May 17th marks International Day Against Homophobia, Transphobia, and Biphobia

International Day Against Homophobia, Transphobia, and Biphobia was created to draw attention to the violence and discrimination experienced by the LGBTQI2S+ community.

May 17th was specifically chosen to commemorate the World Health Organization’s decision in 1990 to declassify homosexuality as a mental disorder, according to May17.org.

Specifically, the day intends to get decision-makers, the media, the public, corporations, opinion leaders, local authorities, etc., to listen and be aware of the disturbing situation people with diverse sexual orientations, gender identities or expressions, and sex characteristics face in their day-to-day lives.


Minister of National Defence Harjit Sajjan issued the following statement to mark the day, “On this day, we acknowledge and are proud to show support for LGBTQ2 Defence Team members who contribute so much to our organization. This year also sees the release of the LGBT Purge Fund Report, ‘Emerging from the Purge: The State of LGBTQI2S Inclusion in the Federal Workplace and Recommendations for Improvement’. We welcome the recommendations from this report as an opportunity to do better and are committed to eliminating all forms of discrimination based on gender identity, gender expression and sexual orientation within the Defence Team.”

In recognition of the thousands of LGBT federal employees who were abused over 50 years during the LGBT Purge, the LGBT Purge Fund released its new report today: Emerging from the Purge: The State of LGBTQI2S Inclusion in the Federal Workplace and Recommendations for Improvement.


According to the report, Emerging from the Purge: The State of LGBTQI2S Inclusion in the Federal Workplace was written for the LGBT Purge Fund to support the Government of Canada in its efforts to create a more diverse workplace that is just and inclusive of LGBTQI2S+ (lesbian, gay, bisexual, transgender, queer, questioning, intersex, Two-Spirit) people.

The report is a part of amends being made for LGBTQI2S+ veterans and public servants directly affected by the “LGBT Purge” within the Canadian government nearing the end of the 20th century.

Sajjan further explained, “During this period known as the ‘LGBT Purge,’ LGBTQ2 members experienced abusive and violent actions that included identifying, investigating, sanctioning, and in some cases, discharging lesbian, gay, bisexual, and transgender members of the Canadian Armed Forces (CAF), the Royal Canadian Mounted Police, and the Federal Public Service.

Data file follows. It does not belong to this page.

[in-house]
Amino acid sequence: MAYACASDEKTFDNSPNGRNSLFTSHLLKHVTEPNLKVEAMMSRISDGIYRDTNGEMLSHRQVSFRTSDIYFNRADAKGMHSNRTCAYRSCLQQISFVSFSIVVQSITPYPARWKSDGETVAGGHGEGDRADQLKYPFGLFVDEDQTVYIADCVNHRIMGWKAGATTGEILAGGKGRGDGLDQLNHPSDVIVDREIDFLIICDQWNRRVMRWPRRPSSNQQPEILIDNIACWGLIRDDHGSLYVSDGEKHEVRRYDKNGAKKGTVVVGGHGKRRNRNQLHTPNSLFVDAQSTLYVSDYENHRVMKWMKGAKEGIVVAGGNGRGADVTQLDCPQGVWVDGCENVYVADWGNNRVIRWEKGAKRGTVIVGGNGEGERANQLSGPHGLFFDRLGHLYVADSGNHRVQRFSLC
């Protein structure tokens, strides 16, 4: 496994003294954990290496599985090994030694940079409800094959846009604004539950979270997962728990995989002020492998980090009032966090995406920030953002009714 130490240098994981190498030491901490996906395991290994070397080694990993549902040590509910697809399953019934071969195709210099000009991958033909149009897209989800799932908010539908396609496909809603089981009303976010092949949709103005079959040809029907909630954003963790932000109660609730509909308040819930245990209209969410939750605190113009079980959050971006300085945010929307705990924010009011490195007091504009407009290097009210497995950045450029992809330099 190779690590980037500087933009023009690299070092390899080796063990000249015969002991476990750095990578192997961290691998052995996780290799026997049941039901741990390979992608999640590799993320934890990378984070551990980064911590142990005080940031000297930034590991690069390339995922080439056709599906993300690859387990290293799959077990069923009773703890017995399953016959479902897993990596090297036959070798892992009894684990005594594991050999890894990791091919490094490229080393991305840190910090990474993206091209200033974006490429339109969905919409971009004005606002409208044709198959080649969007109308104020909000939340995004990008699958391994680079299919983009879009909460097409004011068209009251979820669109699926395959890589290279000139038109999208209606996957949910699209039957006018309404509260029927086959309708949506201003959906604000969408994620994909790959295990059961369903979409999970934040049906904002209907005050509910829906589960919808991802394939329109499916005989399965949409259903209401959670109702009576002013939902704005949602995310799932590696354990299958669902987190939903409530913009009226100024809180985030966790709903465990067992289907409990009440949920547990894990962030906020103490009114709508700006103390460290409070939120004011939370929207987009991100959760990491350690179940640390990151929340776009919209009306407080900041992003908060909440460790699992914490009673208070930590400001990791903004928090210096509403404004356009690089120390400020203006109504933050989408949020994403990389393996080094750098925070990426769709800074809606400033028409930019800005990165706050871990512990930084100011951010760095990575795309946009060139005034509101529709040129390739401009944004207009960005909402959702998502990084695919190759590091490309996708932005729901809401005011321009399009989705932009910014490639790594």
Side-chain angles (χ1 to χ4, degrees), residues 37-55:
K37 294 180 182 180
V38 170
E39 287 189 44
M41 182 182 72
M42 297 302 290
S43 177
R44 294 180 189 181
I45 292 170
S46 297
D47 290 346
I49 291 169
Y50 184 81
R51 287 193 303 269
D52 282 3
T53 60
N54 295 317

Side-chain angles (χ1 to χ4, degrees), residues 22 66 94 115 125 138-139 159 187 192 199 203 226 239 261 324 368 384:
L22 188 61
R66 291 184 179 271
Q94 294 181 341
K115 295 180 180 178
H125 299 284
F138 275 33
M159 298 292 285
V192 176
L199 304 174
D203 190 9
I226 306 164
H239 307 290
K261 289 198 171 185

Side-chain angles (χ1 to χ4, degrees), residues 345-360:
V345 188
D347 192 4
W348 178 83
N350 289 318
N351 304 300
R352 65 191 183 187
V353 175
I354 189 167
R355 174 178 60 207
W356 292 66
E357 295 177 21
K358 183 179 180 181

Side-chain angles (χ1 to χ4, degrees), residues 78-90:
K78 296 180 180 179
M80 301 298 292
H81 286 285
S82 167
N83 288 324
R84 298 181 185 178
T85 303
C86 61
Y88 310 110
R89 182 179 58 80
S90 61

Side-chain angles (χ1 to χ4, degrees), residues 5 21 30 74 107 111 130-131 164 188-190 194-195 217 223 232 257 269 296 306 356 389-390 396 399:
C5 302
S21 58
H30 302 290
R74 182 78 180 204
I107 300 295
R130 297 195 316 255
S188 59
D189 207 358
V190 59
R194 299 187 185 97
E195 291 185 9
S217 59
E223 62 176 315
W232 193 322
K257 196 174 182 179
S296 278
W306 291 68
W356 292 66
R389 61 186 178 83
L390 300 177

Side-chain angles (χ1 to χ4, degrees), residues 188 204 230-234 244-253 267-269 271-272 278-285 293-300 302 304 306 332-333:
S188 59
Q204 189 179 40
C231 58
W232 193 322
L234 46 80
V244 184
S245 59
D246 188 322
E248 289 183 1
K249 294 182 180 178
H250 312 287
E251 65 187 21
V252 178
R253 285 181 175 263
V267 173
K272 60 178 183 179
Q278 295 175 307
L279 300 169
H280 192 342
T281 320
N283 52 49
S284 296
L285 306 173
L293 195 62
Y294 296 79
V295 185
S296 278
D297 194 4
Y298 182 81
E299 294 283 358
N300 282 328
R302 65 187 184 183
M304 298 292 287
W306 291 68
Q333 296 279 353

“These experiences had significant impacts on the individuals who were targeted, resulting in lifelong trauma and emotional, psychological, relational and economic consequences. It also created an overall climate of fear within these organizations. While progress has been made, and official policies have changed, we also recognize that Defence Team LGBTQ2 members continue to experience discrimination, harassment, exclusion and misconduct today. We have made progress but we have more work to do, as this report indicates.”


The press release stated, in 2016, survivors of the LGBT Purge launched a class-action lawsuit against the Canadian government and reached a settlement of $145 million in 2018.

As Sajjan informed in his statement, in 2017, Prime Minister Justin Trudeau apologized for the LGBT Purge and worked with the plaintiffs of the LGBT Purge class action lawsuit to reach a final settlement agreement.

Michelle Douglas, executive director of the LGBT Purge Fund, stated in a press release, “The history of systemic discrimination towards LGBTQI2S people in Canada’s federal workplaces is deeply troubling. Since the LGBT Purge, we have come a long way towards building inclusive federal workplaces, but it will take co-ordinated, deliberate, and effective efforts to promote sustainable culture change and foster truly inclusive workplaces across the Government of Canada. Emerging from the Purge is the roadmap for change.”


Out of the 23 recommendations highlighted in the report, one of them is a call for the Government of Canada to consult with key stakeholders, including subject matter experts, employees, and LGBTQI2S+ organizations, to develop complete inclusivity training. Along with putting it in to practice across all federal departments and review formal documents and policies to include LGBTQI2S+ considerations.

Sajjan said they would use the LGBT Purge Fund Report and its findings to identify what course of action is needed to address systemic barriers and build upon inclusion practices, policies, tools, training materials, and mechanisms.

He also announced the launch of a Defence Advisory Group: the Defence Team Pride Advisory Organization.


The organization’s goal is to raise awareness of the barriers LGBTQI2S+ communities face, provide insight to leadership on systemic challenges, and create meaningful engagement throughout the Defence Team.

“There are people who still feel the harm of discriminatory policies, like those that led to the LGBT Purge. On May 17th we acknowledge past harms and raise awareness of behaviours that contribute to homophobia, transphobia and biphobia. Although we can never undo the pain these policies caused, we must learn from our mistakes and do better for our members in a manner that respects the dignity of all.”

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Julia Lennips

Julia is a journalist who is an avid reader and an artist. She is living in North Bay, ON pursing her passion for reporting.

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